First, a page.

Children's Photography Exhibition from Earthquake- and Tsunami-Damaged Region of Japan Opens at UNICEF House in New York
--Powerful Images a Result of "EYE SEE" Photography Workshops Conducted by UNICEF in Partnership with Sony Corporation--
Mar 07, 2012, 10:11 ET
NEW YORK, March 7, 2012 /PRNewswire/ -- Sony Corporation and UNICEF today announced the opening of a special public exhibition of children's photography from the Tohoku region of Japan – specifically, the Iwate, Miyagi and Fukushima prefectures most directly impacted by the Great East Japan Earthquake nearly one year ago – at UNICEF House, located on East 44th Street between First and Second Avenues in Manhattan.
The photos, which tell a remarkable story of devastation, unity and, ultimately, hope, from the perspective of the children who survived the tragedies, are the result of an ongoing collaboration called EYE SEE between UNICEF and Sony dating back to 2006. Each year, as part of the EYE SEE program, a professional photographer conducts a series of digital photography workshops among children who are experiencing hardship in a particular part of the world, with the goal of helping them document their circumstances and tell their heart-wrenching, yet, inspirational stories to others through the images they capture.
"We are so pleased to work with UNICEF on such an important initiative, and to give these children a voice by equipping them with our cameras and teaching them just how powerful a form of expression digital photography can be," said Hidemi Tomita, General Manager of Corporate Social Responsibility at Sony Corporation.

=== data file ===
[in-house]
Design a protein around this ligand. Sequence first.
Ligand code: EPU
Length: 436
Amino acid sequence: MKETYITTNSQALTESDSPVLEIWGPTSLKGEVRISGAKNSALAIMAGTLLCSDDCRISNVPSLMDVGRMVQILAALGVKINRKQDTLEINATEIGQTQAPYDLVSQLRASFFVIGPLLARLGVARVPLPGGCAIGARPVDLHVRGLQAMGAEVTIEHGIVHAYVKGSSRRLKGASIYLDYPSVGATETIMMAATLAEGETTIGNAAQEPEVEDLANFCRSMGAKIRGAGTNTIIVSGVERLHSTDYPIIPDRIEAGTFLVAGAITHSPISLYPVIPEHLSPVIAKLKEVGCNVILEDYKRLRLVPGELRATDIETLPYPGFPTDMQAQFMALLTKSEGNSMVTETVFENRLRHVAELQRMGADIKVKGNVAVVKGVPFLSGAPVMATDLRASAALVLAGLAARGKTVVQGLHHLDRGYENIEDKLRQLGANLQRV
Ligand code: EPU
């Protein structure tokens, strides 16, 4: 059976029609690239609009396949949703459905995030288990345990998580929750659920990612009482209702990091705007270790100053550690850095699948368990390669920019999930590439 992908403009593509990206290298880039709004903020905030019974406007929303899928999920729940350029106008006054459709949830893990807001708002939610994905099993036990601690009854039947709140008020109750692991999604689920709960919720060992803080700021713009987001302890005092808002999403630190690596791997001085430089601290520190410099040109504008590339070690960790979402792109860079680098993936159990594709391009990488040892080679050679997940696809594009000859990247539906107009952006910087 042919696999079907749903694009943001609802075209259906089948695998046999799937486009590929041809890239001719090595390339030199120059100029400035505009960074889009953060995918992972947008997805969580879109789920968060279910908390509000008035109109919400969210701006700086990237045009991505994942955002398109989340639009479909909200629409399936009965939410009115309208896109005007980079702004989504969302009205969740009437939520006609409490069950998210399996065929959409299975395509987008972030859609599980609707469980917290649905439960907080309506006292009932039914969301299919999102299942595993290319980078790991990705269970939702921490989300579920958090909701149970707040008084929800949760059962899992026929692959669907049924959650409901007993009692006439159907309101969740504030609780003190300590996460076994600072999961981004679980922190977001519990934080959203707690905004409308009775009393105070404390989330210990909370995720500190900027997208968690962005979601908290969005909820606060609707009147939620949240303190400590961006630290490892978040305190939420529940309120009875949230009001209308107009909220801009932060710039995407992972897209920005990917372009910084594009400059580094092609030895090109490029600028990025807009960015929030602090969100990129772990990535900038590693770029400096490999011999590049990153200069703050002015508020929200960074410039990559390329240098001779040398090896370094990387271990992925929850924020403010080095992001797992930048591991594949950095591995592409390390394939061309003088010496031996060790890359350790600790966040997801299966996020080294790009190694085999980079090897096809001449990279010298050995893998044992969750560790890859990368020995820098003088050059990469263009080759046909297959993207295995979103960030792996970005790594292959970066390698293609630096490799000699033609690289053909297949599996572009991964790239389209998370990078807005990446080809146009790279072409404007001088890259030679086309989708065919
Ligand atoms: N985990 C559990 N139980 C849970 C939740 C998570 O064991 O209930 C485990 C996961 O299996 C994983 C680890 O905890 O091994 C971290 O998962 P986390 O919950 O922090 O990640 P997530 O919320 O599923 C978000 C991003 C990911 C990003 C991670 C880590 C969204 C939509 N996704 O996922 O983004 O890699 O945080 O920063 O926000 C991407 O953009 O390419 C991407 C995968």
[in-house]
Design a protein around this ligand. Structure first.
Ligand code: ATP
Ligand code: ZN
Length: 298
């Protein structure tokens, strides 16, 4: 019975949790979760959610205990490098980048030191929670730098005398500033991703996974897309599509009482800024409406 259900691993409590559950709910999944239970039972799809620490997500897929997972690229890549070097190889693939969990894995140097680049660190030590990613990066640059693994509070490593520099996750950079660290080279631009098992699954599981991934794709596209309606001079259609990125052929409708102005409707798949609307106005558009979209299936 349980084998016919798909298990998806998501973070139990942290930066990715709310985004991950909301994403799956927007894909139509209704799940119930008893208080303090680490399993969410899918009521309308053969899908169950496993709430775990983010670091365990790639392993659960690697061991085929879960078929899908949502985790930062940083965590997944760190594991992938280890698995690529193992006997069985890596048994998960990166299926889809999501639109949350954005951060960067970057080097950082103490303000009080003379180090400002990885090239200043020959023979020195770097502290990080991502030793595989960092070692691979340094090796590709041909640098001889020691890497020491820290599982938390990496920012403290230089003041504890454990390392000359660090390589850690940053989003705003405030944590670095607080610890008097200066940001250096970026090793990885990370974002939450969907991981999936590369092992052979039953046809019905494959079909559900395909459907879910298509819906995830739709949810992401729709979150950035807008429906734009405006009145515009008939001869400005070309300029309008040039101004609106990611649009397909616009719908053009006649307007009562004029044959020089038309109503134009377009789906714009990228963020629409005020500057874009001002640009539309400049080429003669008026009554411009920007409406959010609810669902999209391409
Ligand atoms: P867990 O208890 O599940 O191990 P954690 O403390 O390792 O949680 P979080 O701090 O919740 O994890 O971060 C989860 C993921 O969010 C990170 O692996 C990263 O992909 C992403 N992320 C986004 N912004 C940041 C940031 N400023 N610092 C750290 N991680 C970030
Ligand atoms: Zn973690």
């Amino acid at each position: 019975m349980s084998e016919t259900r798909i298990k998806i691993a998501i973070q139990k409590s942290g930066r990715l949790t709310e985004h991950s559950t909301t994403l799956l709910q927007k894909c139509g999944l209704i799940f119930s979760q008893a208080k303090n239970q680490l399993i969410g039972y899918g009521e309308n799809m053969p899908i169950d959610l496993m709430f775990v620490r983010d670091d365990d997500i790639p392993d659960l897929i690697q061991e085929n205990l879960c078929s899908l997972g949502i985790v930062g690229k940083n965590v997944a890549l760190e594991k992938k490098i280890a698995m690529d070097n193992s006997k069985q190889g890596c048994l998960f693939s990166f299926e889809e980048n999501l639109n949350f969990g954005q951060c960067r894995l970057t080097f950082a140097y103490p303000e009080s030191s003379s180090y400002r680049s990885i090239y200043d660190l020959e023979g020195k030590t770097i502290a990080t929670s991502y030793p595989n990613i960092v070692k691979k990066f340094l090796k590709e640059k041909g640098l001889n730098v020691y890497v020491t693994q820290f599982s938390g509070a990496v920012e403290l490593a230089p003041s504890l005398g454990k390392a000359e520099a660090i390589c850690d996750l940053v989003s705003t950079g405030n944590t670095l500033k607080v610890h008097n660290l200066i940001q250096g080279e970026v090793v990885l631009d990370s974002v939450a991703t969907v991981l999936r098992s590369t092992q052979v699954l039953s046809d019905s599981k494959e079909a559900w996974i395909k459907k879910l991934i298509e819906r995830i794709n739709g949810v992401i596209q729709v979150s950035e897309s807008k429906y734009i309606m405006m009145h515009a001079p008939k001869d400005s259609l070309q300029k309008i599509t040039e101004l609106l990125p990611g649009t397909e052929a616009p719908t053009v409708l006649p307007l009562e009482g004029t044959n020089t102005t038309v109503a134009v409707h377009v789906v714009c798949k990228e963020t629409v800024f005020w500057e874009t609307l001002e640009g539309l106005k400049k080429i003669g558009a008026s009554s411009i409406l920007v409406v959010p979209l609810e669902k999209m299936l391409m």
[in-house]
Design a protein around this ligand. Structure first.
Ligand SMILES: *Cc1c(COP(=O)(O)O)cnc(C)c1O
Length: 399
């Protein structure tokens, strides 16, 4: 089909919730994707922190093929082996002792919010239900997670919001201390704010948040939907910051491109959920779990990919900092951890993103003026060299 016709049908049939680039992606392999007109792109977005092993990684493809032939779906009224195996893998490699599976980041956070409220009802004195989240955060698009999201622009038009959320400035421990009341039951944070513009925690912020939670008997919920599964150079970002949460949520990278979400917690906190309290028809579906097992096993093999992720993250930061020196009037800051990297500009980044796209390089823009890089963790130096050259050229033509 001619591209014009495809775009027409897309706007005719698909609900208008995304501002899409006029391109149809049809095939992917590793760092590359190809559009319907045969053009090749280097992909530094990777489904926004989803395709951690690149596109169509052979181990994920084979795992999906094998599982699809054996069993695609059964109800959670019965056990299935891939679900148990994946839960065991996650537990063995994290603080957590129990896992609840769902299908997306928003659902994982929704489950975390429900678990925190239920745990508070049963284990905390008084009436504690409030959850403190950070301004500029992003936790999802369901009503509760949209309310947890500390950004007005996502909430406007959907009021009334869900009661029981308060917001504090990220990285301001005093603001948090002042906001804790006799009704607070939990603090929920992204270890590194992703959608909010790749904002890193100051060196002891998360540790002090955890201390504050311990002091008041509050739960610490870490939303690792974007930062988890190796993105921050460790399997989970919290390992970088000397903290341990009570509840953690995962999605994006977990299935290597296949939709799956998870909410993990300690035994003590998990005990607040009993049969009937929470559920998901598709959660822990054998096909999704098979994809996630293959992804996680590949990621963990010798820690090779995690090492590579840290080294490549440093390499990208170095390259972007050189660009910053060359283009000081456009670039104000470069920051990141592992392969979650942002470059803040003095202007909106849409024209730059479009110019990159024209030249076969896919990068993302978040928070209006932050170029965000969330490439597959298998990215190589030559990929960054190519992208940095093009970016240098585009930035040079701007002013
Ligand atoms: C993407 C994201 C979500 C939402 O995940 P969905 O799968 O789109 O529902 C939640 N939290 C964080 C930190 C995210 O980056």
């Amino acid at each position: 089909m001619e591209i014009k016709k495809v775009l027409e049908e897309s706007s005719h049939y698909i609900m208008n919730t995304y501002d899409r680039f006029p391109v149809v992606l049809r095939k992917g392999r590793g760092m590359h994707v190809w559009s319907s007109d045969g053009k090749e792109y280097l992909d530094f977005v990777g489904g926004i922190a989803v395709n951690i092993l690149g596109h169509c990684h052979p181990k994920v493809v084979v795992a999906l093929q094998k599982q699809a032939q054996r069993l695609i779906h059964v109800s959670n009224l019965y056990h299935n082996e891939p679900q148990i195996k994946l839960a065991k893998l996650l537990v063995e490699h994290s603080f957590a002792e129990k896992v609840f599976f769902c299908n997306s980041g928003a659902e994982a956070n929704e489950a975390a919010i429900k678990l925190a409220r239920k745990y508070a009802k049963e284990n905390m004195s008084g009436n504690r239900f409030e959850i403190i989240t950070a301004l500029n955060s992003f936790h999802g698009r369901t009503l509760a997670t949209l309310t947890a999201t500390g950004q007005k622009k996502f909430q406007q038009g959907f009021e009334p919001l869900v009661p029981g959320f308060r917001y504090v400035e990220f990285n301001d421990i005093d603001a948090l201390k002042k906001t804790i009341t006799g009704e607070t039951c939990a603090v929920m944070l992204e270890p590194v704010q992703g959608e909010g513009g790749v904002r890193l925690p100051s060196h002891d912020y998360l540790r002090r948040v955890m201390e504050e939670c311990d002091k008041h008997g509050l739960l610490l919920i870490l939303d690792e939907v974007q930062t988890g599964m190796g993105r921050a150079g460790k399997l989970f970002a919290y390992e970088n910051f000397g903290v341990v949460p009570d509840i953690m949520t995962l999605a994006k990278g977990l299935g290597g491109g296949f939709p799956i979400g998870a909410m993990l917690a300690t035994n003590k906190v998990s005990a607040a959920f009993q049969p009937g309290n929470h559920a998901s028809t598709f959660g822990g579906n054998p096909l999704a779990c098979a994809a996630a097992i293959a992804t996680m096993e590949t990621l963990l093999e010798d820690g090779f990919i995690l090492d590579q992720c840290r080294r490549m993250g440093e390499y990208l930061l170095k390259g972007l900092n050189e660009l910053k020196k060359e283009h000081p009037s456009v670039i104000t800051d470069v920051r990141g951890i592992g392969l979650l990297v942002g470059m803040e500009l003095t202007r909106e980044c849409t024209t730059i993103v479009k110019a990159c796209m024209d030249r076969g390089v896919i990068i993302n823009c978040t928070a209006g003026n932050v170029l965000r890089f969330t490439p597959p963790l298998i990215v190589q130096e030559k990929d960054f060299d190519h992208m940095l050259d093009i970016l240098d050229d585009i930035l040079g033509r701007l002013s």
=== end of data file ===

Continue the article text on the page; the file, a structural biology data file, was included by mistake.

Twenty-seven children ranging in age from eight to 15 participated in the EYE SEE TOHOKU workshops, which were conducted in November 2011 by Italian photographer and sociologist Giacomo Pirozzi. Mr. Pirozzi has worked with UNICEF for more than 20 years as a professional photographer and has devoted a significant portion of his career to conducting photography workshops for children in poverty or faced with other difficulties to help aid the healing process.
With guidance from Mr. Pirozzi, children learned the characteristics of a digital camera and how to use it as a tool before going out into the field to photograph the stories they wished to express. As part of the experience, they also interviewed their subjects, discussed the images they captured, and shared their experiences with one another.
"The children of Japan showed so much interest, so much passion, and so much willingness to learn photography," said Mr. Pirozzi. "Any child faced with this level of stress has gone through so much. I am honored to help give them the opportunity to use photography to reflect on what happened to them."
Images from EYE SEE TOHOKU will remain on view at UNICEF House through the end of May. For more information, visit www.sony.net/eyesee or www.unicef.org/photography/photo_essays_childsview.php.
About Sony Corporation
Sony Corporation, headquartered in Tokyo, Japan, is a leading manufacturer of audio, video, communications, and information technology products for the consumer and professional markets. Its motion picture, television, computer entertainment, music and online businesses make Sony one of the most comprehensive entertainment and technology companies in the world. Sony recorded consolidated annual sales of approximately $87 billion for the fiscal year ended March 31, 2011, and it employs 168,200 people worldwide.
UNICEF works in 190 countries and territories to help children survive and thrive, from early childhood through adolescence. The world's largest provider of vaccines for developing countries, UNICEF supports child health and nutrition, good water and sanitation, quality basic education for all boys and girls, and the protection of children from violence, exploitation, and AIDS. UNICEF is funded entirely by the voluntary contributions of individuals, businesses, foundations and governments. For more information about UNICEF and its work, visit www.unicef.org, and follow us on Twitter and Facebook.
SOURCE Sony Corporation of America
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